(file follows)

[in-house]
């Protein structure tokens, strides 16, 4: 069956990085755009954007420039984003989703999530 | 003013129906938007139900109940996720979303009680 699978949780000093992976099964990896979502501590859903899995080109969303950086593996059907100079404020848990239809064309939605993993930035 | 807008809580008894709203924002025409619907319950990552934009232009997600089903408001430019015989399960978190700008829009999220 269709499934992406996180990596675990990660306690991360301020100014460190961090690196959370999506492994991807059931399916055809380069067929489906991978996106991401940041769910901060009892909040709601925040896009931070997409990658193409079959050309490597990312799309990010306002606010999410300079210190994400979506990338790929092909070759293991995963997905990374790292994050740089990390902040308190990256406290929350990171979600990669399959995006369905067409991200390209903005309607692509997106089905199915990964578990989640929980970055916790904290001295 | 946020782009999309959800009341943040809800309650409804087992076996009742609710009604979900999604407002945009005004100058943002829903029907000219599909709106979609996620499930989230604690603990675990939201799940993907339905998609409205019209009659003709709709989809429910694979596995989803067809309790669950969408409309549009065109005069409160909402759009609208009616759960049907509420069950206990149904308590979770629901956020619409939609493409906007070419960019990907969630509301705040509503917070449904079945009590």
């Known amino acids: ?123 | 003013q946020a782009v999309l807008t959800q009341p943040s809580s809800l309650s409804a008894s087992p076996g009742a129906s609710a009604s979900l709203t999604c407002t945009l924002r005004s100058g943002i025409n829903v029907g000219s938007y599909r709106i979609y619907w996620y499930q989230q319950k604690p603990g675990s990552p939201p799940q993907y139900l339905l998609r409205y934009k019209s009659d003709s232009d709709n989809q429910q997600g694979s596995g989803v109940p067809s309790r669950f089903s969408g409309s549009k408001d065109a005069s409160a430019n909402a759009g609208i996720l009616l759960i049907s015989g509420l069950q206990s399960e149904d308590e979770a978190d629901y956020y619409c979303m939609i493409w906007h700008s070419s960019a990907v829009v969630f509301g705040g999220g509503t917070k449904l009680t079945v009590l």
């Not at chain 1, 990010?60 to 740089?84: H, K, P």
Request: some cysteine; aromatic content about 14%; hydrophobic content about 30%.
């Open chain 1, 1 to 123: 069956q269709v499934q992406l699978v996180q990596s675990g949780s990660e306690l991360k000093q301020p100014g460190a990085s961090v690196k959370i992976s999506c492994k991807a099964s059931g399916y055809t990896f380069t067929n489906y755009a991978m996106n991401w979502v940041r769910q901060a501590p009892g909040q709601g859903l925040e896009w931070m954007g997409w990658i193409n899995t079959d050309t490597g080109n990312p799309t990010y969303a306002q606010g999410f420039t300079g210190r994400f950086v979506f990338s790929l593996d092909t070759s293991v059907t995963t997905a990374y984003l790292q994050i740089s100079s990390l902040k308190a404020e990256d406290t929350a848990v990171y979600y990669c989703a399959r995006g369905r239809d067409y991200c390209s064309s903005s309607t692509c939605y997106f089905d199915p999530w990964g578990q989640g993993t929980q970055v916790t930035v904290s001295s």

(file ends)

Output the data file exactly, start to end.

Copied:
[in-house]
């Protein structure tokens, strides 16, 4: 069956990085755009954007420039984003989703999530 | 003013129906938007139900109940996720979303009680 699978949780000093992976099964990896979502501590859903899995080109969303950086593996059907100079404020848990239809064309939605993993930035 | 807008809580008894709203924002025409619907319950990552934009232009997600089903408001430019015989399960978190700008829009999220 269709499934992406996180990596675990990660306690991360301020100014460190961090690196959370999506492994991807059931399916055809380069067929489906991978996106991401940041769910901060009892909040709601925040896009931070997409990658193409079959050309490597990312799309990010306002606010999410300079210190994400979506990338790929092909070759293991995963997905990374790292994050740089990390902040308190990256406290929350990171979600990669399959995006369905067409991200390209903005309607692509997106089905199915990964578990989640929980970055916790904290001295 | 946020782009999309959800009341943040809800309650409804087992076996009742609710009604979900999604407002945009005004100058943002829903029907000219599909709106979609996620499930989230604690603990675990939201799940993907339905998609409205019209009659003709709709989809429910694979596995989803067809309790669950969408409309549009065109005069409160909402759009609208009616759960049907509420069950206990149904308590979770629901956020619409939609493409906007070419960019990907969630509301705040509503917070449904079945009590």
């Known amino acids: ?123 | 003013q946020a782009v999309l807008t959800q009341p943040s809580s809800l309650s409804a008894s087992p076996g009742a129906s609710a009604s979900l709203t999604c407002t945009l924002r005004s100058g943002i025409n829903v029907g000219s938007y599909r709106i979609y619907w996620y499930q989230q319950k604690p603990g675990s990552p939201p799940q993907y139900l339905l998609r409205y934009k019209s009659d003709s232009d709709n989809q429910q997600g694979s596995g989803v109940p067809s309790r669950f089903s969408g409309s549009k408001d065109a005069s409160a430019n909402a759009g609208i996720l009616l759960i049907s015989g509420l069950q206990s399960e149904d308590e979770a978190d629901y956020y619409c979303m939609i493409w906007h700008s070419s960019a990907v829009v969630f509301g705040g999220g509503t917070k449904l009680t079945v009590l």
């Not at chain 1, 990010?60 to 740089?84: H, K, P």
Request: some cysteine; aromatic content about 14%; hydrophobic content about 30%.
């Open chain 1, 1 to 123: 069956q269709v499934q992406l699978v996180q990596s675990g949780s990660e306690l991360k000093q301020p100014g460190a990085s961090v690196k959370i992976s999506c492994k991807a099964s059931g399916y055809t990896f380069t067929n489906y755009a991978m996106n991401w979502v940041r769910q901060a501590p009892g909040q709601g859903l925040e896009w931070m954007g997409w990658i193409n899995t079959d050309t490597g080109n990312p799309t990010y969303a306002q606010g999410f420039t300079g210190r994400f950086v979506f990338s790929l593996d092909t070759s293991v059907t995963t997905a990374y984003l790292q994050i740089s100079s990390l902040k308190a404020e990256d406290t929350a848990v990171y979600y990669c989703a399959r995006g369905r239809d067409y991200c390209s064309s903005s309607t692509c939605y997106f089905d199915p999530w990964g578990q989640g993993t929980q970055v916790t930035v904290s001295s």